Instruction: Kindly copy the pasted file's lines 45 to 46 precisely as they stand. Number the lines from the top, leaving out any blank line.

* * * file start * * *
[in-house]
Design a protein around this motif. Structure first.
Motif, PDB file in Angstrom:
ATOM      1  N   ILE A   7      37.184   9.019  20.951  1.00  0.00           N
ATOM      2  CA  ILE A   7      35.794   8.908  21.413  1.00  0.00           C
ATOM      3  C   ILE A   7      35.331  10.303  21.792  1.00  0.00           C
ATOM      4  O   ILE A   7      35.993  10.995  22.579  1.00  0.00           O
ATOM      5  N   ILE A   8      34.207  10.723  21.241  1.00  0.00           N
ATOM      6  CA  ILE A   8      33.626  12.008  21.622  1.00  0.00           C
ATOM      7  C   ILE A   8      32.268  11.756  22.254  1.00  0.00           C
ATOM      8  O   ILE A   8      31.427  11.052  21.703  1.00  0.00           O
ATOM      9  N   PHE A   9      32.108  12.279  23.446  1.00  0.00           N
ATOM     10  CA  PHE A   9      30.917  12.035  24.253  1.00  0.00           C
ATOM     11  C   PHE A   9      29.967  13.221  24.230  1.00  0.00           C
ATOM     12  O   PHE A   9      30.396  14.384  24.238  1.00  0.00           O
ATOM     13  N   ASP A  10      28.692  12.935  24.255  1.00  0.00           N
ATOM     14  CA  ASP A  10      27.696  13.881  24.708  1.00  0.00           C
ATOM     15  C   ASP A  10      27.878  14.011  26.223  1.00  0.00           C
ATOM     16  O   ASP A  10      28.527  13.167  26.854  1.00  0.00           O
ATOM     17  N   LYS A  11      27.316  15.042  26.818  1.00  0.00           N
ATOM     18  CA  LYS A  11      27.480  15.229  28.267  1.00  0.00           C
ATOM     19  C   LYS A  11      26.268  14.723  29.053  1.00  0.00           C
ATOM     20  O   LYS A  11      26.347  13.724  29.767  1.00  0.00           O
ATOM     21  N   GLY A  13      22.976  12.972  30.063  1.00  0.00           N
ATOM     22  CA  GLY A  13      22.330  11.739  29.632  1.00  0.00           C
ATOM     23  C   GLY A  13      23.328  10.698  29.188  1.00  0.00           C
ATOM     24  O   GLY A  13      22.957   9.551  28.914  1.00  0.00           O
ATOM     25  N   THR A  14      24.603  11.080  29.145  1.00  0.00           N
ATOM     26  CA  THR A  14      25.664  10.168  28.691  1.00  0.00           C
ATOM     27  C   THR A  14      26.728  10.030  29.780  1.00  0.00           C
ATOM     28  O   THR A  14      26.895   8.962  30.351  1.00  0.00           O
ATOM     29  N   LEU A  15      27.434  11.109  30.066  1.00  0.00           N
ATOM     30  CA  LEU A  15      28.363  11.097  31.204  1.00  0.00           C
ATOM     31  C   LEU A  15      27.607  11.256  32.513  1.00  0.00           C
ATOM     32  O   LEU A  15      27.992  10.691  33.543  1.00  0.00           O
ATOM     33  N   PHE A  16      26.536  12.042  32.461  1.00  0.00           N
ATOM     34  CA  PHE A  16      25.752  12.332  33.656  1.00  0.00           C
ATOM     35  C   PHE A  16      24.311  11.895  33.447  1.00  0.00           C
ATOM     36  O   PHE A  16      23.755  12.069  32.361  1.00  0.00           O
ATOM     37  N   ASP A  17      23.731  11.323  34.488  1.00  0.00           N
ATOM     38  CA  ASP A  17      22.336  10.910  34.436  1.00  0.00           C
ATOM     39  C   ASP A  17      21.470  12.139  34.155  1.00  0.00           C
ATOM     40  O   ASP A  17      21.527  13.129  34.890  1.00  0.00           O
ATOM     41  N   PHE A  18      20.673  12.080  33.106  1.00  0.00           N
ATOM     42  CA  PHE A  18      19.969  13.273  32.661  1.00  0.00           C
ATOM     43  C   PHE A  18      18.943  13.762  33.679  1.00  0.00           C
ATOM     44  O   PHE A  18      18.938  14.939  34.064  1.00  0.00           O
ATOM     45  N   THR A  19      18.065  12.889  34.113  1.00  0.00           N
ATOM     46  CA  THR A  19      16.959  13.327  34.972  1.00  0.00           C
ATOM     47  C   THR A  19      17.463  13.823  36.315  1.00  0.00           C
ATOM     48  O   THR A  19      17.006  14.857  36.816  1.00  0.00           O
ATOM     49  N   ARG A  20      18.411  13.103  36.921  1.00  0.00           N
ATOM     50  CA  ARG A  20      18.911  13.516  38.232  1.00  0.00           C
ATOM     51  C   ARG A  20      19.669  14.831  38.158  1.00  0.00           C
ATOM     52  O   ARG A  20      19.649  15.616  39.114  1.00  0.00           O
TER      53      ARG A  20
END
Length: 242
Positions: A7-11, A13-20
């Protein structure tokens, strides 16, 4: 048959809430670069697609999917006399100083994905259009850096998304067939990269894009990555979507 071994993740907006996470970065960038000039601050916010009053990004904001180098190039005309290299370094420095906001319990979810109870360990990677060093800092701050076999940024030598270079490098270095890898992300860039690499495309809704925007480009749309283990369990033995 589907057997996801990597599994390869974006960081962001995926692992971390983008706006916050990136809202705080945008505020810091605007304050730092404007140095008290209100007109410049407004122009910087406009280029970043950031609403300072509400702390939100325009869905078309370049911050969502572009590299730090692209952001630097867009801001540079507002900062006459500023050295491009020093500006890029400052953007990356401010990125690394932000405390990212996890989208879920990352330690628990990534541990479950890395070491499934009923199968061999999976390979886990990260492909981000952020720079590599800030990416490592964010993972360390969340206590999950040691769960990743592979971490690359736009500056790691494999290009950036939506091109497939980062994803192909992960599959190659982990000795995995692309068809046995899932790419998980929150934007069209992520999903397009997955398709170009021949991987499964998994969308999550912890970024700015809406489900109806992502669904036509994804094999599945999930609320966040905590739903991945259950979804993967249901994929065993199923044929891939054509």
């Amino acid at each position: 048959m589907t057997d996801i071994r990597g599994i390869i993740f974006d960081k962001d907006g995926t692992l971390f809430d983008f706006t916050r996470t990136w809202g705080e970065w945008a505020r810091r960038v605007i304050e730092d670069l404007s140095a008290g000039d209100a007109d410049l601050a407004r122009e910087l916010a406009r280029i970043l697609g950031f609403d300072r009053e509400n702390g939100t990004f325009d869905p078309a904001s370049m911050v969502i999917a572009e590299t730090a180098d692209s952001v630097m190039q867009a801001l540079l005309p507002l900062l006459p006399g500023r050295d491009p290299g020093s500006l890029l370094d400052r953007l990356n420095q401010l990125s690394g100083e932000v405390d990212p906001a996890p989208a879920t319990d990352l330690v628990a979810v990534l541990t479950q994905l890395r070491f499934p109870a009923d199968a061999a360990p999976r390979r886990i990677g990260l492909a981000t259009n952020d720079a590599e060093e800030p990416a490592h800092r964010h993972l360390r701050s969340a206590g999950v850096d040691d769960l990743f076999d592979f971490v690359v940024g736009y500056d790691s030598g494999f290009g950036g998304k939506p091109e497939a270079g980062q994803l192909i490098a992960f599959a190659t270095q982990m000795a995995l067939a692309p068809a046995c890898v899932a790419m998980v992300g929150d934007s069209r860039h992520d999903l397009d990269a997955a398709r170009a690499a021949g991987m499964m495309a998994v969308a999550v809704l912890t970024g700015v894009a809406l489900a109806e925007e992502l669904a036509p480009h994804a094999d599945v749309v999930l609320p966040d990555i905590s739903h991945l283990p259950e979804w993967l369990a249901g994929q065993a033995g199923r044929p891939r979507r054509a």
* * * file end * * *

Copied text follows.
ATOM     42  CA  PHE A  18      19.969  13.273  32.661  1.00  0.00           C
ATOM     43  C   PHE A  18      18.943  13.762  33.679  1.00  0.00           C